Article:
Comparing narrative and informational videos to increase mammography in low-income African American women

Matthew W. Kreuter, Kathleen Holmes, Kassandra Alcaraz, Bindu Kalesan, Suchitra Rath, Melissa Richert, Amy McQueen, Nikki Caito, Lou Robinson, Eddie M. Clark

Research output: Contribution to journalArticlepeer-review

159 Scopus citations

Abstract

Objective: Compare effects of narrative and informational videos on use of mammography, cancer-related beliefs, recall of core content and a range of reactions to the videos.Method: African American women (n=489) ages 40 and older were recruited from low-income neighborhoods in St. Louis, MO and randomly assigned to watch a narrative video comprised of stories from African American breast cancer survivors (Living Proof) or a content-equivalent informational video using a more expository and didactic approach (Facts for Life). Effects were measured immediately post-exposure and at 3- and 6-month follow-up.Results: The narrative video was better liked, enhanced recall, reduced counterarguing, increased breast cancer discussions with family members and was perceived as more novel. Women who watched the narrative video also reported fewer barriers to mammography, more confidence that mammograms work, and were more likely to perceive cancer as an important problem affecting African Americans. Use of mammography at 6-month follow-up did not differ for the narrative vs. informational groups overall (49% vs. 40%, p=.20), but did among women with less than a high school education (65% vs. 32%, p<.01), and trended in the same direction for those who had no close friends or family with breast cancer (49% vs. 31%, p=.06) and those who were less trusting of traditional cancer information sources (48% vs. 30%, p=.06).Conclusions: Narrative forms of communication may increase the effectiveness of interventions to reduce cancer health disparities.Practice implications: Narratives appear to have particular value in certain population sub-groups; identifying these groups and matching them to specific communication approaches may increase effectiveness.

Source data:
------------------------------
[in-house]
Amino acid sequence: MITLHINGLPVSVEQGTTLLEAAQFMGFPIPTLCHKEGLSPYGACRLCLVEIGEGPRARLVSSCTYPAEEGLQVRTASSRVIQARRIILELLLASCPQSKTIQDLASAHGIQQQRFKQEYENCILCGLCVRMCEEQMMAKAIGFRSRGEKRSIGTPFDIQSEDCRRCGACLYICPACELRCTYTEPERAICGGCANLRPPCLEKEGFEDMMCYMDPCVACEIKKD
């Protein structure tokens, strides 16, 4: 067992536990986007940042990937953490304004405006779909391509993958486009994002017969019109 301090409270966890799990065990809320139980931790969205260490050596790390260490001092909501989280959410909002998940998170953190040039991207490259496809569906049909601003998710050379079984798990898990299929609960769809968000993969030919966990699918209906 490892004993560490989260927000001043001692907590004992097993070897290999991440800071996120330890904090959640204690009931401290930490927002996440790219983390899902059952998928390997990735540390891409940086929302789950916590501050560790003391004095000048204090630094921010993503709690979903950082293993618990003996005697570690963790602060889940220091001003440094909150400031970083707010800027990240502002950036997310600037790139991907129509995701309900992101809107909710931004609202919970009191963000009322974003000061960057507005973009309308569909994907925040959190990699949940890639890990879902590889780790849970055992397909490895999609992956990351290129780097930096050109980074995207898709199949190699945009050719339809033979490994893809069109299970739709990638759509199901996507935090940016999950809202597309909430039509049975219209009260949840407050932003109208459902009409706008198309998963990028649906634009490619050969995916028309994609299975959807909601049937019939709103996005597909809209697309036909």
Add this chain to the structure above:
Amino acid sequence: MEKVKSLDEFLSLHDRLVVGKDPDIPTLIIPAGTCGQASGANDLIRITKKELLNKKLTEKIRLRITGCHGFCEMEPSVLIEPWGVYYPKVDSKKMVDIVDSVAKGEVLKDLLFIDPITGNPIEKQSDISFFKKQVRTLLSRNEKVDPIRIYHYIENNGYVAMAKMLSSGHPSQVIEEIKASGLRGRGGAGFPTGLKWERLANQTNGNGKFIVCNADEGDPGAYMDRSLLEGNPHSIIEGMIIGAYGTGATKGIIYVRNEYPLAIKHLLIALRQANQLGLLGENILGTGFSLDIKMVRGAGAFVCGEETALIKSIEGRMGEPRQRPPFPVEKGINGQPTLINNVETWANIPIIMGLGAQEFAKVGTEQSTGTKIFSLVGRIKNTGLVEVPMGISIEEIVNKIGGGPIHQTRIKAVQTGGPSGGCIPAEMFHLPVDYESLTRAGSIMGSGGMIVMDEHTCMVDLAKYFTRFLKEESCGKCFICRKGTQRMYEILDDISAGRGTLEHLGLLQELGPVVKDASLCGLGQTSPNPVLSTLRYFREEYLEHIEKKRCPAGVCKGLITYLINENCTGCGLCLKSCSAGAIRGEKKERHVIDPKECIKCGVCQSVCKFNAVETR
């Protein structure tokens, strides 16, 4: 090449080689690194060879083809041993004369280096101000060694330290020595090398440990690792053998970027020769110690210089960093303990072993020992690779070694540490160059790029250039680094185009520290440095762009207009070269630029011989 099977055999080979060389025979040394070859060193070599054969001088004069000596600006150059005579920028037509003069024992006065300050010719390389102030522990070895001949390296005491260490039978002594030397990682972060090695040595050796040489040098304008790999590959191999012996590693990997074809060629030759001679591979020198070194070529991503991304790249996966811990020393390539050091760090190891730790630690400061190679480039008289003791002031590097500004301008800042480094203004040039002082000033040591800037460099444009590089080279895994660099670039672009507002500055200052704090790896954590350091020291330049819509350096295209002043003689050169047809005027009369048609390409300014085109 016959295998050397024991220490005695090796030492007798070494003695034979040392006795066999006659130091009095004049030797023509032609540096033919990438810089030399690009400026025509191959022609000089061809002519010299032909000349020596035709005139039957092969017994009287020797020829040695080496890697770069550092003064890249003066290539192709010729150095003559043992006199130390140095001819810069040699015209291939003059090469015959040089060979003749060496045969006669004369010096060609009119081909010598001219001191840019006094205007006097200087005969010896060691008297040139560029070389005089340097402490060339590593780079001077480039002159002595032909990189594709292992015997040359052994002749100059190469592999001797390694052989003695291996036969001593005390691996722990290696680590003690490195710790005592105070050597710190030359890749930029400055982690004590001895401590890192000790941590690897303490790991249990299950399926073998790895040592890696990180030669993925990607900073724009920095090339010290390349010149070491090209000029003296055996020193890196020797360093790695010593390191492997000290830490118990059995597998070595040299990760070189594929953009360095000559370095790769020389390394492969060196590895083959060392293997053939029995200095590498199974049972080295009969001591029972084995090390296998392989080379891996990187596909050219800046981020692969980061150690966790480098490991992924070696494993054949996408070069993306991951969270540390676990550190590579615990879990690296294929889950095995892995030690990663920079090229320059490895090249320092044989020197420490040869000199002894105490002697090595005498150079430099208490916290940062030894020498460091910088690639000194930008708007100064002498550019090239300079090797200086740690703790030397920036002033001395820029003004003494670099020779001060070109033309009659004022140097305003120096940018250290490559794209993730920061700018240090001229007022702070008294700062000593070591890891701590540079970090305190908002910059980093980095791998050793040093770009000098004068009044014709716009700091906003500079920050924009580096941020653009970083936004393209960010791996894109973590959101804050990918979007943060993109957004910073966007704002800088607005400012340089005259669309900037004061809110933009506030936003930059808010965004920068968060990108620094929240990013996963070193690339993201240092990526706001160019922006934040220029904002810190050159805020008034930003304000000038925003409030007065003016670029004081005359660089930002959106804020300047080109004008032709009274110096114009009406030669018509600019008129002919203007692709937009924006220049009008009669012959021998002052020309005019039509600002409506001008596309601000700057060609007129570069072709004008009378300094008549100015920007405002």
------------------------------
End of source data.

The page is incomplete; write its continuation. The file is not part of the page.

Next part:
Original languageEnglish
Pages (from-to)S6-S14
JournalPatient Education and Counseling
Volume81
Issue numberSUPPL. 1
DOIs
StatePublished - Dec 2010

Keywords

  • African American
  • Breast cancer
  • Cancer survivors
  • Health disparities
  • Mammography
  • Narrative

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